By Amanda Hoh
How fresh do your eggs need to be to poach them? And how long can you keep eggs before throwing them out?
Eggs are one of the many staples in our diet, but also one of those foods where any change in its structure or age will affect how it cooks and how safe it is to eat.
Gary Kennedy from food standards consultancy firm Correct Food Systems and Rob Peffer, an egg producer from Molong in New South Wales, gave 702 ABC Sydney
Should eggs be stored in the fridge?
It is recommended that eggs are stored in the refrigerator to make them last longer, although a cool pantry can also be suitable.
As an egg ages its enzymes start breaking down the protein structure of the egg white and so keeping them cold means the proteins will last longer.
“The biggest problem for eggs is going up and down in temperature,” Mr Peffer said.
“If you put them in the fridge then pull them out and leave them at 24 degrees and they sweat, that’s worse for the eggs than staying at a stable 18 to 20 degrees.”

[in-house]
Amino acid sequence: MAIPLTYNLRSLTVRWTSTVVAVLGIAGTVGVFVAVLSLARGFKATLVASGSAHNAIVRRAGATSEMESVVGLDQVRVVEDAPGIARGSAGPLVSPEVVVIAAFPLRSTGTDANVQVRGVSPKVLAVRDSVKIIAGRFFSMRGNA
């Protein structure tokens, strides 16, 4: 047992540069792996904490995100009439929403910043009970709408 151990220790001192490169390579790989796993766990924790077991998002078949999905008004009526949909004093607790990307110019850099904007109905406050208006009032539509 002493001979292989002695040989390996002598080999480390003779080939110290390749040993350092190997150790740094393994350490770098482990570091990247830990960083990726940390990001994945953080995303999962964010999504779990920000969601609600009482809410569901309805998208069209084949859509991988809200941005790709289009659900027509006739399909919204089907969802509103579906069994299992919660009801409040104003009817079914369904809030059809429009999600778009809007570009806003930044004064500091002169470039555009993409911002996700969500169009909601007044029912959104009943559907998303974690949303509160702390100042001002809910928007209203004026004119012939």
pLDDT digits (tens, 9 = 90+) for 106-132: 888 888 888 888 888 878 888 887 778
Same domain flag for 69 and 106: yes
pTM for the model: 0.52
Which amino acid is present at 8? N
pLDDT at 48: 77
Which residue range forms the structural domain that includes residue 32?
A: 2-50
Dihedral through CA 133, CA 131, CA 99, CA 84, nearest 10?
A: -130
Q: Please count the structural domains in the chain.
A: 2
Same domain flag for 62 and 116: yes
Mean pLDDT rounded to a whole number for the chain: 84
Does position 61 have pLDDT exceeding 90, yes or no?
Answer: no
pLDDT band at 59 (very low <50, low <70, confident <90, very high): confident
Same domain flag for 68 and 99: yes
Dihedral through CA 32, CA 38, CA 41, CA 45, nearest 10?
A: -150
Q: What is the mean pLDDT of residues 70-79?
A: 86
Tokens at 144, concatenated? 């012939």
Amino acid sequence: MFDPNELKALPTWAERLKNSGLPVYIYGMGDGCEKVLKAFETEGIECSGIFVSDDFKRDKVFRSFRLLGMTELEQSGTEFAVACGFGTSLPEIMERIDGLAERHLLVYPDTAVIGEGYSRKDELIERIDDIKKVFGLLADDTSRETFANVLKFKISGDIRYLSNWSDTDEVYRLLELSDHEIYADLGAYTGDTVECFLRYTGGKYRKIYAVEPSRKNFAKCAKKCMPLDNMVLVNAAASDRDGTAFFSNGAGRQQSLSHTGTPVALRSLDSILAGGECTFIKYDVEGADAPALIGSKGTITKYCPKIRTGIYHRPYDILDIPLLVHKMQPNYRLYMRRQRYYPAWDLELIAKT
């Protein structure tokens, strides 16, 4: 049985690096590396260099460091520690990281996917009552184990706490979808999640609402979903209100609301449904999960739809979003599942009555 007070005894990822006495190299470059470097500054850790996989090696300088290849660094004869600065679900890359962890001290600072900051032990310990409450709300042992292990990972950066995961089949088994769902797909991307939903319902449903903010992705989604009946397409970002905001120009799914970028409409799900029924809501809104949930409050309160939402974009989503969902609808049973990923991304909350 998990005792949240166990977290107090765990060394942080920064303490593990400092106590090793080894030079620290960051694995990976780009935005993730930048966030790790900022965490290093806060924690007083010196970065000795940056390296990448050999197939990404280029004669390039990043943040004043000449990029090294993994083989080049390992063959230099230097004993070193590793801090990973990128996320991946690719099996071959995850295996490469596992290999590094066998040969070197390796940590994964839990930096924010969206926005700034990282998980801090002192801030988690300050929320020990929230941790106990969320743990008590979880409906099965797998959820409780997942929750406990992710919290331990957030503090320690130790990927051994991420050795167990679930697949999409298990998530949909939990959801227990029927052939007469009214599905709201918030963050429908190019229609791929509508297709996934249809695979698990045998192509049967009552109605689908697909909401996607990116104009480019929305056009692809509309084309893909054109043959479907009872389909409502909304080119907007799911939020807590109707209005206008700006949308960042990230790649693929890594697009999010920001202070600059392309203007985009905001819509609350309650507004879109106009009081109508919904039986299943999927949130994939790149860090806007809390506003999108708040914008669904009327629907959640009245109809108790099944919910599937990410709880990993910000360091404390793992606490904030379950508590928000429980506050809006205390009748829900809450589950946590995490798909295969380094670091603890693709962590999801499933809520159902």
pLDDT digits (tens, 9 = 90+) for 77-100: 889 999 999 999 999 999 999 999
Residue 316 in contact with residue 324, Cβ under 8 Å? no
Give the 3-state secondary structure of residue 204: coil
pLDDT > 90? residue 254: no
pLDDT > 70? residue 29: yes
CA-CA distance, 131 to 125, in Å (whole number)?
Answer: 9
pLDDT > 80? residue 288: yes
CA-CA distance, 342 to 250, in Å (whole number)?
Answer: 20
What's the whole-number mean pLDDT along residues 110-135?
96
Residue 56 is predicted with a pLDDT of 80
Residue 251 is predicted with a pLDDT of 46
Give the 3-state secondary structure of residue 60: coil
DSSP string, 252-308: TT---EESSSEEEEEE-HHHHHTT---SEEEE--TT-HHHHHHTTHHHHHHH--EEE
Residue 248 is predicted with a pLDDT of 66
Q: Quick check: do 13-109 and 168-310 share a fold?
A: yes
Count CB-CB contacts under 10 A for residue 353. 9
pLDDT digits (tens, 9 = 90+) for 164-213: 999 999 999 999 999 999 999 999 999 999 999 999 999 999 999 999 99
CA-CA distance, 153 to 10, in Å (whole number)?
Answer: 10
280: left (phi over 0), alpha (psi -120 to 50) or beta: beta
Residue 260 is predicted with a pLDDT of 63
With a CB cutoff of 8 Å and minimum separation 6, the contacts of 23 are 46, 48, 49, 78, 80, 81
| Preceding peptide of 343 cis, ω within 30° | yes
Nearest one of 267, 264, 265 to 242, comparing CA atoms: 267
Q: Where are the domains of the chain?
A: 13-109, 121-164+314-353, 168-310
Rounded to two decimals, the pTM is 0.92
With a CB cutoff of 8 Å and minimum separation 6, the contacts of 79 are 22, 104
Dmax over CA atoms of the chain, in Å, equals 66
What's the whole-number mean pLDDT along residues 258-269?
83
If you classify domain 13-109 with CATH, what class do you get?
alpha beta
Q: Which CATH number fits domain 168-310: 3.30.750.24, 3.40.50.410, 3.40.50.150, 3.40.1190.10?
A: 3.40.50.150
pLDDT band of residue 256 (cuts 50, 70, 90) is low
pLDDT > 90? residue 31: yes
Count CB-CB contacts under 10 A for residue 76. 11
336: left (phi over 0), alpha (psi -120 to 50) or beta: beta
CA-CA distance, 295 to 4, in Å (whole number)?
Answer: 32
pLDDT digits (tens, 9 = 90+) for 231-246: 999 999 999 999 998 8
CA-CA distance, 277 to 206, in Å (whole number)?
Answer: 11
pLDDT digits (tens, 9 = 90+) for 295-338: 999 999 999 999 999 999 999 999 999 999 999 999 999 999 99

Eggs will also last longer if they have been stored in the fridge at the supermarket and then at home.
When should you throw out eggs?
Eggs can last for about six weeks after they are laid, Mr Kennedy says.
After that time the egg “doesn’t perform as well”.
The white might be runny, for example, or will not form firm peaks if you are whipping the egg to make a pavlova or meringue.
What do the numbers stamped on eggs mean?
Some smaller farms like Mr Peffer’s may stamp their eggs with the laying week.
Other producers use extensive coding which could indicate the farm and what shed the eggs came from.
The industry standard is that the stamp identifies the egg grader — the person who sorts the good eggs from the bad ones, Mr Kennedy said.
“If there was any problem anywhere in the system, you could trace the egg all the way back to the farm, to which supermarket it was delivered to.”